The main cost differences lie in variation in the surgeon's fee (about 16 times higher in the U.S.), the implant cost (more than 8 times higher in the U.S.) and the hospital room cost (about 8 times higher on a per-night basis). These differences helped direct the reporters towards a story that unpacks the reasons for variation in impact and hospital costs, while unfortunately saying little about the differences in surgeon's fees.
Imagine what we could learn from similar analyses of the costs of higher education in this country versus in others. Time and again I hear that costs of education students at the postsecondary level are higher here than anywhere else, and it is very hard to believe that those costs explain our high (yet declining) ranking in terms of quality.
This quote in the Times article stood out to me as precisely the sort of thing we need to explore. When an American traveled to Belgium for a far less expensive hip replacement, he entered a hospital and was initially concerned: I was immediately scared because at first I thought, this is really old. The chairs in the waiting rooms were metal, the walls were painted a pale green, there was no gift shop. He flashed back to his recent visit to New York Presbyterian Hospital, which has comfortable waiting rooms, an elegant lobby and newsstands -- along with much, much higher prices. But then I realized everything was new. It was just functional. There wasn't much of a nod to comfort because they were there to provide health care.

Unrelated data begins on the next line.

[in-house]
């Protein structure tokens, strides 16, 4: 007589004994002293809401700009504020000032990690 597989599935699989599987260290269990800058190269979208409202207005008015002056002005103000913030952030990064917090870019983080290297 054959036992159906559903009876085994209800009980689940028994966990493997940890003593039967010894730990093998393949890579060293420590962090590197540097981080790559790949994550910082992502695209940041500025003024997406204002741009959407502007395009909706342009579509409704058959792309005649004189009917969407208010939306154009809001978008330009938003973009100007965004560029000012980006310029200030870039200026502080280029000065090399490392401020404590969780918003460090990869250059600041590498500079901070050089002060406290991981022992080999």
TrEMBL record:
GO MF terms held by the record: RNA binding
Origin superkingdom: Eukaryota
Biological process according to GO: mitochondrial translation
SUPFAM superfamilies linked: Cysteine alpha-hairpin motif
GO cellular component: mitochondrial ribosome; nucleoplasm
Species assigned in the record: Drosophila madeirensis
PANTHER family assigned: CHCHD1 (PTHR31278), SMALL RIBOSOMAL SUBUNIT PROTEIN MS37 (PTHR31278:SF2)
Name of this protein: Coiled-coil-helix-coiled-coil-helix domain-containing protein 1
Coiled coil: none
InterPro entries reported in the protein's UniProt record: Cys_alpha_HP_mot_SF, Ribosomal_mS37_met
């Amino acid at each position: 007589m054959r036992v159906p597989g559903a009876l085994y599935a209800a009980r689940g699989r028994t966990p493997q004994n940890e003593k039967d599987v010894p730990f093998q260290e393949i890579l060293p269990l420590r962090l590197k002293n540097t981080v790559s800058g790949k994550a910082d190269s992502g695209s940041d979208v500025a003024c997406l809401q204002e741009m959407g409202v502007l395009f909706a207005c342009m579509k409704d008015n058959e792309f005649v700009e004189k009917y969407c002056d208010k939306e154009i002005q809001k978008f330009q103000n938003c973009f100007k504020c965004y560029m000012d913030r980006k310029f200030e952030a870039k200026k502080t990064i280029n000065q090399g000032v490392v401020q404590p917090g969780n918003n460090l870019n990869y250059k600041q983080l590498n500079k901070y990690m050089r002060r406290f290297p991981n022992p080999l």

Think about the last private college or public flagship campus you visited, and then think about your local comprehensive university or community college. They are all there, purportedly, to provide education. Yet the former are all about "comfort"-- and their influence is leading other institutions with far fewer resources to follow that path. The question is, at what cost?
Take a look at this recent transformation of Madison Area Technical College -- which now calls itself Madison College. What if this happened to two-year colleges across the nation, most of which rely on underpaid college instructors for the actual educating? At what cost, and at what consequence? Of course it's always wonderful to spend your days learning new things in beautiful places, but what if it means your neighbors can't afford an education at all?
Sure, buildings and amenities aren't the whole story-- we really need the Times to unpack those discrepancies in surgeon fees. We have to get to the bottom of our American obsession with equating amenities with quality in fields and services where the amenities are immaterial to the purposes. And then we need to engage in appropriate comparative analyses to look for better solutions to our American higher education challenges.